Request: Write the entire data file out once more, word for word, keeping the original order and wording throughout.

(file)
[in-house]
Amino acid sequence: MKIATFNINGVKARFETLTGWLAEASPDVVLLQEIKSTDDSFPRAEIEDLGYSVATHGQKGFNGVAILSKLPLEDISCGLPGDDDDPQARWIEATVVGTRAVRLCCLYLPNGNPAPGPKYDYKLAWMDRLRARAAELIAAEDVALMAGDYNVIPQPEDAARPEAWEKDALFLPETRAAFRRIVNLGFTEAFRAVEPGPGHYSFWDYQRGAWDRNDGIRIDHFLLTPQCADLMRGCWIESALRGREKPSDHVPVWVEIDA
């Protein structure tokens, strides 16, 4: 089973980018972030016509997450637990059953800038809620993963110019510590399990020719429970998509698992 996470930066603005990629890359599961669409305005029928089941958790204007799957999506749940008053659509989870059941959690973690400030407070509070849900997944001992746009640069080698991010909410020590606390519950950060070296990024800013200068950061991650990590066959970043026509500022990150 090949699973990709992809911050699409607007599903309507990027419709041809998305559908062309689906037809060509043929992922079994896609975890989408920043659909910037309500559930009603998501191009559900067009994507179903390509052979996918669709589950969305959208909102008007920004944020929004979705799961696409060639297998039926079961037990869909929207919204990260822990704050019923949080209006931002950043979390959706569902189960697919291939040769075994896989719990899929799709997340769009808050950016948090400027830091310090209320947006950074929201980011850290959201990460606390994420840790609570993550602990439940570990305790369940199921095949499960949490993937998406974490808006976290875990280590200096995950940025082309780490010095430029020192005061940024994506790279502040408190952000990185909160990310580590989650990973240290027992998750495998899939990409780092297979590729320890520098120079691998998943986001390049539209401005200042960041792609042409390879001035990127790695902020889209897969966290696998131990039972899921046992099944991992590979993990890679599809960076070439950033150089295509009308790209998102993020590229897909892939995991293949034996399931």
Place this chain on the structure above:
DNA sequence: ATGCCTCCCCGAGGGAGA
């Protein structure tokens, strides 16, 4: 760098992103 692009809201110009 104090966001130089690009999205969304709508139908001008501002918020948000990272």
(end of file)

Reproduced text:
[in-house]
Amino acid sequence: MKIATFNINGVKARFETLTGWLAEASPDVVLLQEIKSTDDSFPRAEIEDLGYSVATHGQKGFNGVAILSKLPLEDISCGLPGDDDDPQARWIEATVVGTRAVRLCCLYLPNGNPAPGPKYDYKLAWMDRLRARAAELIAAEDVALMAGDYNVIPQPEDAARPEAWEKDALFLPETRAAFRRIVNLGFTEAFRAVEPGPGHYSFWDYQRGAWDRNDGIRIDHFLLTPQCADLMRGCWIESALRGREKPSDHVPVWVEIDA
């Protein structure tokens, strides 16, 4: 089973980018972030016509997450637990059953800038809620993963110019510590399990020719429970998509698992 996470930066603005990629890359599961669409305005029928089941958790204007799957999506749940008053659509989870059941959690973690400030407070509070849900997944001992746009640069080698991010909410020590606390519950950060070296990024800013200068950061991650990590066959970043026509500022990150 090949699973990709992809911050699409607007599903309507990027419709041809998305559908062309689906037809060509043929992922079994896609975890989408920043659909910037309500559930009603998501191009559900067009994507179903390509052979996918669709589950969305959208909102008007920004944020929004979705799961696409060639297998039926079961037990869909929207919204990260822990704050019923949080209006931002950043979390959706569902189960697919291939040769075994896989719990899929799709997340769009808050950016948090400027830091310090209320947006950074929201980011850290959201990460606390994420840790609570993550602990439940570990305790369940199921095949499960949490993937998406974490808006976290875990280590200096995950940025082309780490010095430029020192005061940024994506790279502040408190952000990185909160990310580590989650990973240290027992998750495998899939990409780092297979590729320890520098120079691998998943986001390049539209401005200042960041792609042409390879001035990127790695902020889209897969966290696998131990039972899921046992099944991992590979993990890679599809960076070439950033150089295509009308790209998102993020590229897909892939995991293949034996399931």
Place this chain on the structure above:
DNA sequence: ATGCCTCCCCGAGGGAGA
């Protein structure tokens, strides 16, 4: 760098992103 692009809201110009 104090966001130089690009999205969304709508139908001008501002918020948000990272």